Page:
Things Straight Guy Hates Immediately: ABC's What Would You Do?

Gay Guy,

I was unaware of this show until just recently. Apparently it's a spin-off of a Prime Time Live segment, but I almost never watch network newsmagazines. Here's how it works: the producers create tense situations with actors in public places and film the reactions of unsuspecting passersby.

Sample scenarios: An angry mother drops her young kids at a crowded corner and tells them to walk home... Another mother is stuffing her child's backpack with shoplifted loot... Storekeepers berate breastfeeding moms and Muslim women in traditional outfits.

What do you do, Joe Sixpack? Mind your own beeswax, or get involved? The producers call it a "candid camera of ethics." Social psychologists are interviewed to provide color commentary, and in the end we're all scolded for being part of the status quo. "Only 20 percent of customers ratted on the little backpack bandit!" For shame, America!


Here's why I got interested and spent the last hour catching up with this show. I saw a promo for tonight's segment: Man Lures Drunken Girl. What will happen when an intoxicated "young girl" is approached by a "young man" with questionable intentions? Will the other patrons at the bar come to her rescue? Will the straight guy on the make be thwarted before it's too late?

Don't worry, the answer is yes. And the whole thing was a set-up anyway. From "What people didn't know is that the bar was working with us; the young woman and her pursuer were both actors. And so was the bartender. All hired by "What Would You Do?" to gauge people's reactions to this frightening scenario."

Of course, taking advantage of the incapacitated is tragic and inexcusable. I'm not trying to minimize the impact of rape. Here's my problem. Well, a couple of problems, actually. First, what's with the girl/man comparison? That's sensationalism. An actual "young girl" drinking at a bar would be a story in itself, I'd think. If you're a journalist, producing a news segment on sexual predators, "woman" and "girl" are not interchangeable, sorry.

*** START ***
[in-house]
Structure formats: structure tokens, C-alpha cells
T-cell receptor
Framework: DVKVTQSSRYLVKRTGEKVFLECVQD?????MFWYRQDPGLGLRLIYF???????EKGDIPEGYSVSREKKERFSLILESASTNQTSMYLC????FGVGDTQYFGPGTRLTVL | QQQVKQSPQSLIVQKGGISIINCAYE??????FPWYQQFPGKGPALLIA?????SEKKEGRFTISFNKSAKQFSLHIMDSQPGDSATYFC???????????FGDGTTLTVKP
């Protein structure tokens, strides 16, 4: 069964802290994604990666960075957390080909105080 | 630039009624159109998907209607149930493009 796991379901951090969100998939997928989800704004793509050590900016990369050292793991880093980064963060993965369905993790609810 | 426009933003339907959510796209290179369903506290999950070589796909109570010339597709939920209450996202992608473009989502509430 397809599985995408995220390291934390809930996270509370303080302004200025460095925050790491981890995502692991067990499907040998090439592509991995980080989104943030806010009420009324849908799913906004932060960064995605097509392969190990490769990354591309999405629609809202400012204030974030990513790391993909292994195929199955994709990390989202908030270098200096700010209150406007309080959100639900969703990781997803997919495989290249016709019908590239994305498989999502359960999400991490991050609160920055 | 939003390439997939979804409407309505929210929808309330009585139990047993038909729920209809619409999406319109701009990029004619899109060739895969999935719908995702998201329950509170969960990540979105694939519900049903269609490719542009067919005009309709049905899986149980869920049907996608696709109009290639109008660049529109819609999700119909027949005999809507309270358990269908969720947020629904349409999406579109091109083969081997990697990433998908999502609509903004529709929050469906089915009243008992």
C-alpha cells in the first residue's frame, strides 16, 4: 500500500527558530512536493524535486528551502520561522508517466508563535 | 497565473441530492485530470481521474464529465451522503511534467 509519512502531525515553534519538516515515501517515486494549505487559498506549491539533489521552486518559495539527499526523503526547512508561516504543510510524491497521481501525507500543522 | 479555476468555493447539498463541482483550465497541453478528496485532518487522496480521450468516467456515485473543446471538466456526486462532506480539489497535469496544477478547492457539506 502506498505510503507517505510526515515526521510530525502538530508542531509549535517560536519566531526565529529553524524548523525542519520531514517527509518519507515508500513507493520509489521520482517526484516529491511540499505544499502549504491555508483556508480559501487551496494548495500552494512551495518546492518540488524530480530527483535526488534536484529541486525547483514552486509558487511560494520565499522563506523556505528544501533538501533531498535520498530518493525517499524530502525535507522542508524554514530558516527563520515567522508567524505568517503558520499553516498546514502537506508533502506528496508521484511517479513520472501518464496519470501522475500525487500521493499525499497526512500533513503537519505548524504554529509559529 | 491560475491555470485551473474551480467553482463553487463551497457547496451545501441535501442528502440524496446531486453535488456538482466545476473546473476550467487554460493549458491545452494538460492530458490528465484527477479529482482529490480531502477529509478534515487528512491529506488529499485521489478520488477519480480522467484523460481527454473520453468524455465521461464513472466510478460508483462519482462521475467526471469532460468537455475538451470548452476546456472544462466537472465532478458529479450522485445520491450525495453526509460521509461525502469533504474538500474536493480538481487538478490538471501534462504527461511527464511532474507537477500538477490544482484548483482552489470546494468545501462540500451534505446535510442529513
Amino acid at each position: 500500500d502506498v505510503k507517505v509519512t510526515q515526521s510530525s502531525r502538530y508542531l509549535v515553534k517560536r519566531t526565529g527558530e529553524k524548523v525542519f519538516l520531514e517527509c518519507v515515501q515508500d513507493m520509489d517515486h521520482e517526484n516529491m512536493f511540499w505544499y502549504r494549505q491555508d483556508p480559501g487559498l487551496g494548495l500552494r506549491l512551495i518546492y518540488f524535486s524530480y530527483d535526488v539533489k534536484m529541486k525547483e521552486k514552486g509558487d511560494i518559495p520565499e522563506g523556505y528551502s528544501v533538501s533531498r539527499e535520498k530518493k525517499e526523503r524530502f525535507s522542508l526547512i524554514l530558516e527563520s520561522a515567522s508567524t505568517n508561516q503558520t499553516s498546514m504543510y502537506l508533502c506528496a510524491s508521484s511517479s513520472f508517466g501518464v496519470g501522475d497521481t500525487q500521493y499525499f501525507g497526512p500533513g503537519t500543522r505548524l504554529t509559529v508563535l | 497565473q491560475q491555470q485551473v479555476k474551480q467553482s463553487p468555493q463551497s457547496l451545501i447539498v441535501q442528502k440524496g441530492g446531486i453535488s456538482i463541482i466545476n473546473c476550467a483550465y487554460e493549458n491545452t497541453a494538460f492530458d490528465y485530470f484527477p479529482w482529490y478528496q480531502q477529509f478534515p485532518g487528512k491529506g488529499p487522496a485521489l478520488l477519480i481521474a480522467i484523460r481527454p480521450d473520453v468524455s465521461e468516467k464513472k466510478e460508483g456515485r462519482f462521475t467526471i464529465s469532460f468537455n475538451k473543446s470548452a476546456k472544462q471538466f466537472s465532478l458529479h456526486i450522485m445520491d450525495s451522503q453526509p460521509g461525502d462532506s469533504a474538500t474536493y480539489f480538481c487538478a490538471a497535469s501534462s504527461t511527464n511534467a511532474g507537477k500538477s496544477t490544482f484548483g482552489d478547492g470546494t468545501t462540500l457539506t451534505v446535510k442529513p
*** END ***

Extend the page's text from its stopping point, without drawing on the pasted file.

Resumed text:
Second, I think the producers are lazy. If you want to document the risks that drunk women face, then do that, but not at some quiet middle-aged bar (in the middle of the afternoon!) where you plant the predator and lots of dad figures are in attendance to save the day. Go to a loud, dark, crowded, nightclub or frat party where the vast majority of patrons are young and out of control. That's where the real danger is. Or is that too much work?

GG, they also have a segment where they send a gay couple to a New Jersey sports bar. Cliché alert! But guess what? Things are slightly awkward but pretty much fine. End of story, right? Nope. The producers aren't satisfied, and (1) send in a fake homophobe to rile up the crowd and (2) prod the couple to ramp up their flirty behavior. Shameless. Even then, other patrons are quick to come to their defense. Hooray! For America, I mean. Certainly not for the unrepentant producers of this mess. I give them credit for trying to advance discussions on prejudice and social responsibility, I guess. But their methods are highly suspect.

Final note: Though the show would have you think otherwise, you can't easily judge people who don't rise as heroes in a confrontational moment. Everyone has their own story. You just have to trust that there are enough good guys (and gals) who will be in the right place at the right time.

I applaud GG for his courage in scolding a careless dog owner. I hope I would do the same. I think I'm quick to help where help is needed, but since I've had kids I'm a little wary about confrontation and making my home or family a target for retribution. So, for example, would I quickly confront the surly teen hooligans at the neighborhood park in another WWYD segment? Maybe I'd just walk my kids home and call the cops from there.

Oooh, that hurts to say. Twenty-Something-Straight-Guy has officially left the building.

--Straight Guy


Oddyoddyo13 said...

Ugh. That's not a show I'll be watching anytime soon.

EQ said...

I despise that show. It's mean in the guise of being socially conscious.

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